PowerShell One-Liner: Updating VMware Tools on Multiple Windows Guests Asynchronously

Updating VMware ESXi is a fairly painless task, especially when using vCenter with patch baselines.  One of the more annoying tasks is having to go through virtual machines and ensure that their VMware Tools are update-to-date after an upgrade.  Thankfully, this task can be automated with some PowerShell and VMware PowerCLI.

First, the modules need to be imported.

The VMware PowerCLI shortcut can be used which launches a custom PowerShell environment with the modules preloaded.

This one-liner makes use of the pipeline to get VMs in a given location, and retrieves their extension data.  This data contains a property under “Guest” called “ToolsVersionStatus”.  VMs with extension data that contains the string “guestToolsNeedUpgrade” will need their tools to updated.  In addition, the powers state of the VM needs to be on.  Since most Linux VMs use the open-vm-tools package, this one-liner will also query for Windows guests.  The results of this query should be piped into the Update-Tools cmdlet, a handy cmdlet included in VMware.VimAutomation.Core module.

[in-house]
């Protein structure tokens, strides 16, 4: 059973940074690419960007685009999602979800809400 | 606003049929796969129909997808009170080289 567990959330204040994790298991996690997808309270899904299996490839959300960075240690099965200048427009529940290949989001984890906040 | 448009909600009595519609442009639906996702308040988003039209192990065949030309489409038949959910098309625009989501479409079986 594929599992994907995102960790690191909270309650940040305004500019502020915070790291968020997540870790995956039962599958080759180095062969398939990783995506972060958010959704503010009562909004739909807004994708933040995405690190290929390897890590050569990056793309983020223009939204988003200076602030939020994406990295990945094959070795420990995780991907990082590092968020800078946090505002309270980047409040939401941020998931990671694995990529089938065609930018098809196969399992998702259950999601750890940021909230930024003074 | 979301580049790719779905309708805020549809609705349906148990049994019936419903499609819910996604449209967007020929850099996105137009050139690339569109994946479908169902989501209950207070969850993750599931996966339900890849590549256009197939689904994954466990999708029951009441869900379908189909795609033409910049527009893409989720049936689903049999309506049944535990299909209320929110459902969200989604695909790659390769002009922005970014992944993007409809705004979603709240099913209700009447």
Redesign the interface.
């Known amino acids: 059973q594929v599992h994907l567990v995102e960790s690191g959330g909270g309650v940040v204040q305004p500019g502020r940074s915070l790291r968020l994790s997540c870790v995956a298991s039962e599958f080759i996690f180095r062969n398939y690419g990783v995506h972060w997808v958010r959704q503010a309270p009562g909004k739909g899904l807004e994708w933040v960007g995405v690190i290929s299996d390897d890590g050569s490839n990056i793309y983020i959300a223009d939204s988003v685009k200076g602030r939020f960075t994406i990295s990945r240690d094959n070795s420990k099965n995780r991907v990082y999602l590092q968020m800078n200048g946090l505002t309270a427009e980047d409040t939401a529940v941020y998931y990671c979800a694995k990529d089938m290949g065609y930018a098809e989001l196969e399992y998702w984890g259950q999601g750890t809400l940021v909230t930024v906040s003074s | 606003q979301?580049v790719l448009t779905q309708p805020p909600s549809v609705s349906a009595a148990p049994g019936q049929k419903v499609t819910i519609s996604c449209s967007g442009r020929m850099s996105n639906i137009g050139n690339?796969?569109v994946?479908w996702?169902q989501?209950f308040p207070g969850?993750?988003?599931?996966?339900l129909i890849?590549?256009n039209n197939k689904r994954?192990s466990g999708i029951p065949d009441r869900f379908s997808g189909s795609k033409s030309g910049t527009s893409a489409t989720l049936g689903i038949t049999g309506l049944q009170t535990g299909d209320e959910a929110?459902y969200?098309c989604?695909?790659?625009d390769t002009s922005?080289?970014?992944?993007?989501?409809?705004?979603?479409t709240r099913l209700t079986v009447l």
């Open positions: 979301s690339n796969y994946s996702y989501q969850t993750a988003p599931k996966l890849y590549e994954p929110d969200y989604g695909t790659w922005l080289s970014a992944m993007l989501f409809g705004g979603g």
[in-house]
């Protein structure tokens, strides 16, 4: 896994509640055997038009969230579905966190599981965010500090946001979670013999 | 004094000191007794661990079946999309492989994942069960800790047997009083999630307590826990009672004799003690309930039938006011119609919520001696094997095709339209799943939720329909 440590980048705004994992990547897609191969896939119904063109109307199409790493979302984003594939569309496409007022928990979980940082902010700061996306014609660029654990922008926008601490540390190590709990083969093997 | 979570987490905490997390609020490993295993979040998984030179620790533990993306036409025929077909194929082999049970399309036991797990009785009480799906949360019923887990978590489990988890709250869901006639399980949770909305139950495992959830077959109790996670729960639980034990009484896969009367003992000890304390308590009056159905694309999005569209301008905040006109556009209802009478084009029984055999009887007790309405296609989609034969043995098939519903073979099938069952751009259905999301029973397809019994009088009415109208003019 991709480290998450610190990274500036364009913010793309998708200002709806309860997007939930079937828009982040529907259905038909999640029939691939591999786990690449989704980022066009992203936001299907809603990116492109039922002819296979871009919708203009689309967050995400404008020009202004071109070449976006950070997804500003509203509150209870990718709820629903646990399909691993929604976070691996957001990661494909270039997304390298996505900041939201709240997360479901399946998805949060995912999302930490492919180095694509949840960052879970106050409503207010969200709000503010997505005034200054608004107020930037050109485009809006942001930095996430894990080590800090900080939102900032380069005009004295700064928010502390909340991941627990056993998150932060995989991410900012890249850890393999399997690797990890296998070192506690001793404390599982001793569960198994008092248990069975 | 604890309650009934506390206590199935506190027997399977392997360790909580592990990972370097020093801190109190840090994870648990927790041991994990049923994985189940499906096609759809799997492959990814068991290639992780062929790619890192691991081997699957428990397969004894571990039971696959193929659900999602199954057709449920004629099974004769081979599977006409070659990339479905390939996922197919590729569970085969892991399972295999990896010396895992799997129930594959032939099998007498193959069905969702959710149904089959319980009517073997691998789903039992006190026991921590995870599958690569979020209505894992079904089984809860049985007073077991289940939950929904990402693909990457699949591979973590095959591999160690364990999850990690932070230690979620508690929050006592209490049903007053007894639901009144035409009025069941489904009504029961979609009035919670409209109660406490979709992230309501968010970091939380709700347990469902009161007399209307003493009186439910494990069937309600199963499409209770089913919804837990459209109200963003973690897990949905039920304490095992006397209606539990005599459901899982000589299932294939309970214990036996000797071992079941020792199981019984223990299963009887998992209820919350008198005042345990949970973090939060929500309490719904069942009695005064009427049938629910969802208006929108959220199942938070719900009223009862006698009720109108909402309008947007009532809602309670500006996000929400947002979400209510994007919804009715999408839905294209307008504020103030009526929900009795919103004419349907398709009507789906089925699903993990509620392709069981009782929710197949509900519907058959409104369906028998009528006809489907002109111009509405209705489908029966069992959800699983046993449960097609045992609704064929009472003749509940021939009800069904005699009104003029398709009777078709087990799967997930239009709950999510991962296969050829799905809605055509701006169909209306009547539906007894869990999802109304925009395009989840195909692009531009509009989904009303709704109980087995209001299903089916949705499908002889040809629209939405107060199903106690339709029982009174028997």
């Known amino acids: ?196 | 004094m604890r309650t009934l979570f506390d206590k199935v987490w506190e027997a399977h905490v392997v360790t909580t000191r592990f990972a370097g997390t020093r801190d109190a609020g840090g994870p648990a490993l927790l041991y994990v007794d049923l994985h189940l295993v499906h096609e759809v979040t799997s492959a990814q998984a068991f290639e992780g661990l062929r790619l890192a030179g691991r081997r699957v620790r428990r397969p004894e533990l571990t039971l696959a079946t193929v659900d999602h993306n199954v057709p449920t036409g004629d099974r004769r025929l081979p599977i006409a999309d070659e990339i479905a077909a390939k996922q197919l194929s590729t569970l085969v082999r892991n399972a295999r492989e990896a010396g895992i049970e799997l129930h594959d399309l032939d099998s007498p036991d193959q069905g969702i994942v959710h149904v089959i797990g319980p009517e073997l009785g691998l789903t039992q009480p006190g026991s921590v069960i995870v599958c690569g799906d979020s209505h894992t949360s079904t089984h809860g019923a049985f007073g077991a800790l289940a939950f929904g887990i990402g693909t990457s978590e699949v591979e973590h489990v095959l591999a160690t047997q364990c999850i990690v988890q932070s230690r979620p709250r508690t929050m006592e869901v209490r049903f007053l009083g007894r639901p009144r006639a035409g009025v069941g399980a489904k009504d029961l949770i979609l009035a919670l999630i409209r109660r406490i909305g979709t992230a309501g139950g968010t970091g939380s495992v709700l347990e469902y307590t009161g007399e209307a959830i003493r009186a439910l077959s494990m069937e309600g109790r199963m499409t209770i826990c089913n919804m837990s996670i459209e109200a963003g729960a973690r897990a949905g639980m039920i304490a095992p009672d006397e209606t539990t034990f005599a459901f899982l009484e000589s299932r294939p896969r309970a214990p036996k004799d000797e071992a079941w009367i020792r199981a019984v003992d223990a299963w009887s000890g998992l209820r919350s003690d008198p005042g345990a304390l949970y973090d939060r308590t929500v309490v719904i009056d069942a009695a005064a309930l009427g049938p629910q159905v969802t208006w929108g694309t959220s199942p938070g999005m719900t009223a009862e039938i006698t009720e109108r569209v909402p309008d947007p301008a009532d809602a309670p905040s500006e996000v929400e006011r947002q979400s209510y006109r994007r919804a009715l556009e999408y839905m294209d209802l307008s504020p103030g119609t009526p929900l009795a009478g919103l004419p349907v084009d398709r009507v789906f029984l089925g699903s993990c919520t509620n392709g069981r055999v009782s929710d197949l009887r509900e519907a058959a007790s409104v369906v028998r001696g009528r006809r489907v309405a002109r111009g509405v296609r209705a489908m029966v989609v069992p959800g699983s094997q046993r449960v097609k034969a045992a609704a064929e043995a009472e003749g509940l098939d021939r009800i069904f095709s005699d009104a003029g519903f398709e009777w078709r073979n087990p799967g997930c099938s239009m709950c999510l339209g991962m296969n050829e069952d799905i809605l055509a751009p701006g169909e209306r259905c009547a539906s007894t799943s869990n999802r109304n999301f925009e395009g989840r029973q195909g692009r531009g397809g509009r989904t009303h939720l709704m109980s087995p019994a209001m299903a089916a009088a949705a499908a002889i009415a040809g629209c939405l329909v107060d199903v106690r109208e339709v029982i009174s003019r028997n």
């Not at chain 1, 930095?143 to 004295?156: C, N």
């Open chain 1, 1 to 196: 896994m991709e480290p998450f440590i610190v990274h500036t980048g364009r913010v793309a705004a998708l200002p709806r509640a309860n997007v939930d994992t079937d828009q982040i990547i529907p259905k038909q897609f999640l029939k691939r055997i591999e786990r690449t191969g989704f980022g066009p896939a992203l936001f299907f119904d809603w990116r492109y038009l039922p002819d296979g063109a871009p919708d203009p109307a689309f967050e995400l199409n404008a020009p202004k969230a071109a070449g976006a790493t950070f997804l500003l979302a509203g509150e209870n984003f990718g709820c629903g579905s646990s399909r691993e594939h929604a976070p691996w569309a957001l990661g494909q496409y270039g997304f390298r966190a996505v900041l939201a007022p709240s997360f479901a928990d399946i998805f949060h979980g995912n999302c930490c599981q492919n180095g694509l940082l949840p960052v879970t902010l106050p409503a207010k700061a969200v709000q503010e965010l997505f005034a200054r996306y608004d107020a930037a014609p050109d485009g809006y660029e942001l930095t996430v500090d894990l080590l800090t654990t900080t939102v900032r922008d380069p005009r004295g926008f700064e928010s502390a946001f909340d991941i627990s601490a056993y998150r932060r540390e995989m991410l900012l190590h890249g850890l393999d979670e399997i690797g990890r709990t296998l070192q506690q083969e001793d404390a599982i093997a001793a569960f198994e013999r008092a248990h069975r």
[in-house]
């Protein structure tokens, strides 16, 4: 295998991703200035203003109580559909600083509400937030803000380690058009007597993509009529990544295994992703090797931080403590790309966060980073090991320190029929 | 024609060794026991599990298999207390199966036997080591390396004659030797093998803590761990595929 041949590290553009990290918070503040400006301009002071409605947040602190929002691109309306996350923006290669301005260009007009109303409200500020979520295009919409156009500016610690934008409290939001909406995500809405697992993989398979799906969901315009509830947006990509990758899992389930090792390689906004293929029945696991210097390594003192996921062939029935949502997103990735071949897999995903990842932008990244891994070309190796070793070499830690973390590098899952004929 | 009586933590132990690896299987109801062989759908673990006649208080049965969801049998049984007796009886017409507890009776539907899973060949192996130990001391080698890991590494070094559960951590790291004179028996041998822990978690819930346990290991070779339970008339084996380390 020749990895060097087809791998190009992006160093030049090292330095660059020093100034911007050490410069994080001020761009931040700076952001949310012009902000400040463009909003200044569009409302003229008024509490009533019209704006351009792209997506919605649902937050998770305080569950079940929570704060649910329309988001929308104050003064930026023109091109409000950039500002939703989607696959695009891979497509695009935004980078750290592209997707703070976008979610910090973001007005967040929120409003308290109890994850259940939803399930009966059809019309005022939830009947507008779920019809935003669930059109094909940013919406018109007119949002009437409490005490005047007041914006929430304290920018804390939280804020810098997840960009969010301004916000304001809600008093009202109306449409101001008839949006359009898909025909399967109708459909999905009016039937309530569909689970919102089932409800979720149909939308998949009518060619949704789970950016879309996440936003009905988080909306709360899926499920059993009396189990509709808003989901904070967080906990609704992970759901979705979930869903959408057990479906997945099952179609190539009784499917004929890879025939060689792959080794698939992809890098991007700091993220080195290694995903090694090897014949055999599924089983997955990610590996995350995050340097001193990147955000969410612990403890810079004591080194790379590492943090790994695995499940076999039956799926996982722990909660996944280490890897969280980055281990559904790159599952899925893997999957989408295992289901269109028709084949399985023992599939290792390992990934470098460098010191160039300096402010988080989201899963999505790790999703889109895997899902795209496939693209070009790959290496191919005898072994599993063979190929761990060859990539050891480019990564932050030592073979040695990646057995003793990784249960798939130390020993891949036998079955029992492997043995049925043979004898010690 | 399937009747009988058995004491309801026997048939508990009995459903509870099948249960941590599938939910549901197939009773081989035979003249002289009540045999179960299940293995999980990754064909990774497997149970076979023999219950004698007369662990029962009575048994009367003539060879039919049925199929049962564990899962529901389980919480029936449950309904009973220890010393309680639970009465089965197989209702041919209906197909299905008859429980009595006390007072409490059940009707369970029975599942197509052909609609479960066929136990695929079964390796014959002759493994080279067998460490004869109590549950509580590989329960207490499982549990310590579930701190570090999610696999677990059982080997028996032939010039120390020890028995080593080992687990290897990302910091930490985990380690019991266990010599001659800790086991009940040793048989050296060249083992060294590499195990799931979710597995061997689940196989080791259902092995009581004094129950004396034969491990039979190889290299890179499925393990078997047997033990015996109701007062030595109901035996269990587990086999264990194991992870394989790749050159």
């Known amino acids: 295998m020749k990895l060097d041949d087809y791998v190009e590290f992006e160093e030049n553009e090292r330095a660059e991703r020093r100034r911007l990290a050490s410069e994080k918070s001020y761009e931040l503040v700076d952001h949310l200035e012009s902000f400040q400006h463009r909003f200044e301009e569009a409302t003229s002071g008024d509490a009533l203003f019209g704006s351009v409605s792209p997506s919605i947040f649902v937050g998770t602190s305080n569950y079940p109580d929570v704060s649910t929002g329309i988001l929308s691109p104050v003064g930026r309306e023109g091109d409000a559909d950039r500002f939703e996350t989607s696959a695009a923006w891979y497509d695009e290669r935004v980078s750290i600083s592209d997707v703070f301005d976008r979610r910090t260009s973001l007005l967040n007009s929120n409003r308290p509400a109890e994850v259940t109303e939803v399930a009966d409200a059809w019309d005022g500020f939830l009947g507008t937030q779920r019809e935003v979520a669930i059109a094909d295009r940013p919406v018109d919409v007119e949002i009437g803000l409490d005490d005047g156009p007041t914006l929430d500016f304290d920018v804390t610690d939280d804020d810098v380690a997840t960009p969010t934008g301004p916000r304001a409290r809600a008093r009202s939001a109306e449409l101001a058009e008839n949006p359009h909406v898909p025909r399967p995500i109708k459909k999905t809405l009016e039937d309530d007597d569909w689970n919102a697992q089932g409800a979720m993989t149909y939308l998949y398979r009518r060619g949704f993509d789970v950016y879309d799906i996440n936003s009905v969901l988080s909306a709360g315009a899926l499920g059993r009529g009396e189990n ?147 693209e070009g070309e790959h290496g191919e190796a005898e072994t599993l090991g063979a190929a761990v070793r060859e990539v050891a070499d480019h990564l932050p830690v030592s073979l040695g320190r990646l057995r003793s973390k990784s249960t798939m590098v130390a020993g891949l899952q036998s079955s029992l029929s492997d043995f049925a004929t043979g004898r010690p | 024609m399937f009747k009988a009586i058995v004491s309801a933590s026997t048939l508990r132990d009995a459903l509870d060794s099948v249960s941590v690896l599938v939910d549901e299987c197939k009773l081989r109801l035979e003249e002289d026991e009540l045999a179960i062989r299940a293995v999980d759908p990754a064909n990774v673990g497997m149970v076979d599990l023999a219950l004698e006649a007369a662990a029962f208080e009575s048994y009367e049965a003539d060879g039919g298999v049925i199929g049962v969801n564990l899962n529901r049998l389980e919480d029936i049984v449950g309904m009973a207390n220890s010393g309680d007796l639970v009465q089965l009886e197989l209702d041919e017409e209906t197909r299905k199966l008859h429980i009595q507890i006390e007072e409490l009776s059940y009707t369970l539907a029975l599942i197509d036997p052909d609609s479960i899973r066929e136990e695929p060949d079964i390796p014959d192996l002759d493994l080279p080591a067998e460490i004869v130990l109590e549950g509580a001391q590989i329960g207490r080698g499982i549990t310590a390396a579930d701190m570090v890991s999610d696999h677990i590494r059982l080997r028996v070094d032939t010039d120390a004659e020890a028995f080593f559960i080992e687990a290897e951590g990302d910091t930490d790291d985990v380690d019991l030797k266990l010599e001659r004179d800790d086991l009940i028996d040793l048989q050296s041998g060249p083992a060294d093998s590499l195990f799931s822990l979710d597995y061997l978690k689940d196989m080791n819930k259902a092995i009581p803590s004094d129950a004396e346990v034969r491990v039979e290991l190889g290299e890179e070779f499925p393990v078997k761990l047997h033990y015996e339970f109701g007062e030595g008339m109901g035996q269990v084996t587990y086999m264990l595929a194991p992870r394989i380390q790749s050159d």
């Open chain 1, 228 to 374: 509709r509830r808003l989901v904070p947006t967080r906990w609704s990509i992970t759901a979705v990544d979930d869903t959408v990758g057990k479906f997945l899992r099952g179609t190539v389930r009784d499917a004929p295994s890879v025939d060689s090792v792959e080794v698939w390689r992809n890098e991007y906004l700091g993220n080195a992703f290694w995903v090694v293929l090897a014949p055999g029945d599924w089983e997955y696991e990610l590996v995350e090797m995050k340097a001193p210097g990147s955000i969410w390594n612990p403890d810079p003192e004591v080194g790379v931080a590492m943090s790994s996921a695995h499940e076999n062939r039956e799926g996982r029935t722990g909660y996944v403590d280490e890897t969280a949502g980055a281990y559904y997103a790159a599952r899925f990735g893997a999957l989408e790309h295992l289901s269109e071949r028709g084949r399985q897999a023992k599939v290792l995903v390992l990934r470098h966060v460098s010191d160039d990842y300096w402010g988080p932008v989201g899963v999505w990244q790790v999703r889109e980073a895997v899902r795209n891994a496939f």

The beautiful part of the Update-Tools cmdlet is that it includes a -NoReboot parameter.  This is the same as running setup64.msi /S /v “/qn REBOOT=R” on the command line inside the Windows guest.  Rebooting will be suppressed so that critical services can remain online.  The updated version of VMware Tools will still reflect both the guest OS and in ESXi.

The second parameter, -RunAsync, allows multiple tasks to run asynchronously.  A new task will be created and executed for each virtual machine retrieved from the pipeline at the same time. This option may not be recommended depending on the number of virtual machines in the environment.  If the -RunAsync option is not specified, each task will be executed individually.